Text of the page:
Cookies?
Library Header Image
LSE Research Online LSE Library Services

Sex differences among children, adolescents and young adults for mental health service use within inpatient and outpatient settings, before and during the COVID-19 pandemic: a population-based study in Ontario, Canada

Moin, John S, Vigod, Simone N, Plumptre, Lesley, Troke, Natalie, Asaria, Miqdad ORCID: 0000-0002-3538-4417, Papanicolas, Irene ORCID: 0000-0002-8000-3185, Wodchis, Walter P., Brail, Shauna and Anderson, Geoff (2023) Sex differences among children, adolescents and young adults for mental health service use within inpatient and outpatient settings, before and during the COVID-19 pandemic: a population-based study in Ontario, Canada. BMJ Open, 13 (11). ISSN 2044-6055

[img] Text (Moin_et_al__Sex-differences-young-people-mental-health-service-use-with-supp-material--published) - Published Version
Available under License Creative Commons Attribution Non-commercial.

Download (874kB)
[img] Text (Moin_et_al__Sex-differences-young-people-mental-health-service-use--published) - Published Version
Available under License Creative Commons Attribution Non-commercial.

Download (603kB)

Identification Number: 10.1136/bmjopen-2023-073616

Abstract

Objectives The pandemic and public health response to contain the virus had impacts on many aspects of young people’s lives including disruptions to daily routines, opportunities for social, academic, recreational engagement and early employment. Consequently, children, adolescents and young adults may have experienced mental health challenges that required use of mental health services. This study compared rates of use for inpatient and outpatient mental health services during the pandemic to pre-pandemic rates. Design Population-based repeated cross-sectional study. Setting Publicly delivered mental healthcare in primary and secondary settings within the province of Ontario, Canada. Participants All children 6–12 years of age (n=2 043 977), adolescents 13–17 years (n=1 708 754) and young adults 18–24 years (n=2 286 544), living in Ontario and eligible for provincial health insurance between March 2016 and November 2021. Primary outcome measures Outpatient mental health visits to family physicians and psychiatrists for: mood and anxiety disorders, alcohol and substance abuse disorders, other non-psychotic mental health disorders and social problems. Inpatient mental health visits to emergency departments and hospitalisations for: substance-related and addictive disorders, anxiety disorders, assault-related injuries, deliberate self-harm and eating disorders. All outcomes were analysed by cohort and sex. Results During the pandemic, observed outpatient visit rates were higher among young adults by 19.01% (95% CI: 15.56% to 22.37%; 209 vs 175 per 1000) and adolescent women 24.17% (95% CI: 18.93% to 29.15%; 131 vs 105 per 1000) for mood and anxiety disorders and remained higher than expected. Female adolescents had higher than expected usage of inpatient care for deliberate self-harm, eating disorders and assault-related injuries. Conclusions Study results raise concerns over prolonged high rates of mental health use during the pandemic, particularly in female adolescents and young women, and highlights the need to better monitor and identify mental health outcomes associated with COVID-19 containment measures and to develop policies to address these concerns.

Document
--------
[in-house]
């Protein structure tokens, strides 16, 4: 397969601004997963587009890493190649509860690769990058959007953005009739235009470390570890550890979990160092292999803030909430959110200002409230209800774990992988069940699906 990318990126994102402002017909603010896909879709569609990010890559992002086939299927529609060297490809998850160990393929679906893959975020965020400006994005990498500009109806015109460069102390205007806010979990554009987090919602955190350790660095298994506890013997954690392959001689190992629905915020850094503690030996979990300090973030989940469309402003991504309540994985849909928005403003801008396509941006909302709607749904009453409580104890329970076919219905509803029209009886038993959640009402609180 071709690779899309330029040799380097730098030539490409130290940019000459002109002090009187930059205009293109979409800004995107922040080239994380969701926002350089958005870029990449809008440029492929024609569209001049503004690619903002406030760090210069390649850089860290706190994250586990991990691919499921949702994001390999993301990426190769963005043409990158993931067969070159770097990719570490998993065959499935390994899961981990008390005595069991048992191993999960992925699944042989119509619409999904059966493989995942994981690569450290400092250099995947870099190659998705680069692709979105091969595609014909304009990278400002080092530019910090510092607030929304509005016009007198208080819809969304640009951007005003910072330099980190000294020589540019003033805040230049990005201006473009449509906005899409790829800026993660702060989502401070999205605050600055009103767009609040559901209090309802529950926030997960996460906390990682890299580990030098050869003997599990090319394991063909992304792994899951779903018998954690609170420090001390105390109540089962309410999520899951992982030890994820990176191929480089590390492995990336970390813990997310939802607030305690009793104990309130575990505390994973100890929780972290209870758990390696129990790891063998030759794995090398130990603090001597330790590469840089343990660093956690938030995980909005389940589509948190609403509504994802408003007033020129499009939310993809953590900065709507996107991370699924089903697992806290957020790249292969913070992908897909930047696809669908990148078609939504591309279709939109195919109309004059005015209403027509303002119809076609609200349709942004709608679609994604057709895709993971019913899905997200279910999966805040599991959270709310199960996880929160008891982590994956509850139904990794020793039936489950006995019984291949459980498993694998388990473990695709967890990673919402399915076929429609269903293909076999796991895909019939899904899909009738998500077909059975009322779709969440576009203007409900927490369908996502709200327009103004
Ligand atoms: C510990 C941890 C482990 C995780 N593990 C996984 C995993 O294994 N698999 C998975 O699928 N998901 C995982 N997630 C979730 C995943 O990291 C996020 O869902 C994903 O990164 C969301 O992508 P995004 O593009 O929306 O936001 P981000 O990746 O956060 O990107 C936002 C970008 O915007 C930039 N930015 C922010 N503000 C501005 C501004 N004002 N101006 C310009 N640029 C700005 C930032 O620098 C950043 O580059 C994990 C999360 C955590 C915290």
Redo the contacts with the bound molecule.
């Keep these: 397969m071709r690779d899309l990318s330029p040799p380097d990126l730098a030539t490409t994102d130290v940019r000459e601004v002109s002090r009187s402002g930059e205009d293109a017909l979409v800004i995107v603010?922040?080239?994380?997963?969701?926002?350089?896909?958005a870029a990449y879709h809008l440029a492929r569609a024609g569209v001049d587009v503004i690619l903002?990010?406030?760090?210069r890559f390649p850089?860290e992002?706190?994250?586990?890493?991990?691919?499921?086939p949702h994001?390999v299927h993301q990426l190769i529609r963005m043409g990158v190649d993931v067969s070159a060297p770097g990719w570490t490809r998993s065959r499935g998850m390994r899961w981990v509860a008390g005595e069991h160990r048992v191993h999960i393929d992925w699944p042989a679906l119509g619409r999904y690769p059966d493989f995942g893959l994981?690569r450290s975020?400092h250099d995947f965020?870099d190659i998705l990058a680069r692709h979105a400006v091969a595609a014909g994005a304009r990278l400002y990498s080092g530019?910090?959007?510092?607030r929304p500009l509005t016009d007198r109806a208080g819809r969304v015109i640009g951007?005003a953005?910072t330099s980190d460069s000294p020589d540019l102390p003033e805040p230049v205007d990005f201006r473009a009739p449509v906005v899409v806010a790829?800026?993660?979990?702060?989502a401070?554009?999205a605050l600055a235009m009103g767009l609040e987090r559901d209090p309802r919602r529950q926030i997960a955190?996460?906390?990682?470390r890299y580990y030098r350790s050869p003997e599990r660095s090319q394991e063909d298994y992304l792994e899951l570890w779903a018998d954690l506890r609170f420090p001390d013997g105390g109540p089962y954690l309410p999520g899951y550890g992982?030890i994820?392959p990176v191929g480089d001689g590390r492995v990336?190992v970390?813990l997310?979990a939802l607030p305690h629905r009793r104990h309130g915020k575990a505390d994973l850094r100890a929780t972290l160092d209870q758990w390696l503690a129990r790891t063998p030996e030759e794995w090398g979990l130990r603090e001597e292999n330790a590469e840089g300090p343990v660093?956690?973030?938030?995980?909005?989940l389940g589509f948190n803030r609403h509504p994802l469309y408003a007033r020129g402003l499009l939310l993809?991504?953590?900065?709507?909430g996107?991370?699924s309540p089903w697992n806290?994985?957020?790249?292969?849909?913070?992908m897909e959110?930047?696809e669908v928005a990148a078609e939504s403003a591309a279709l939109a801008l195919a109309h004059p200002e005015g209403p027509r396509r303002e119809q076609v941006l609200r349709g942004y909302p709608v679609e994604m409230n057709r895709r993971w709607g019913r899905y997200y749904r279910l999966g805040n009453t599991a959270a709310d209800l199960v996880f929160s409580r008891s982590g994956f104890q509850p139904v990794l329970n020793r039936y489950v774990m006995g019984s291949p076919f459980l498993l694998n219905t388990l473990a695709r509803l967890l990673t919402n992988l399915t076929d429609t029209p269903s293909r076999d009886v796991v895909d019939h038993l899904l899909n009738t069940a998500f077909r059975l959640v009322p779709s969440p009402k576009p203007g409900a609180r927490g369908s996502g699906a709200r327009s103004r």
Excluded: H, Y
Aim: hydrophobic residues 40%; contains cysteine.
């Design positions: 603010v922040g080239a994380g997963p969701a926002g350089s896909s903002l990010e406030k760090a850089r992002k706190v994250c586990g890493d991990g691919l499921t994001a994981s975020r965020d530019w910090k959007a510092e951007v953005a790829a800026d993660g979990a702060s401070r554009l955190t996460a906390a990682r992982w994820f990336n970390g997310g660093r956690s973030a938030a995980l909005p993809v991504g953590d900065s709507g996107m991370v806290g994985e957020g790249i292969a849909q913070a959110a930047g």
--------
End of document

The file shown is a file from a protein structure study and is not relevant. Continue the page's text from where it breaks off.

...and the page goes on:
Item Type: Article
Official URL: https://bmjopen.bmj.com/
Additional Information: © 2023 Author(s) (or their employer(s))
Divisions: Health Policy
Subjects: R Medicine > RC Internal medicine
R Medicine > RA Public aspects of medicine
Date Deposited: 20 Nov 2023 12:48
Last Modified: 15 Apr 2024 16:24
URI: http://eprints.lse.ac.uk/id/eprint/120798

Actions (login required)

View Item View Item

Downloads

Downloads per month over past year

View more statistics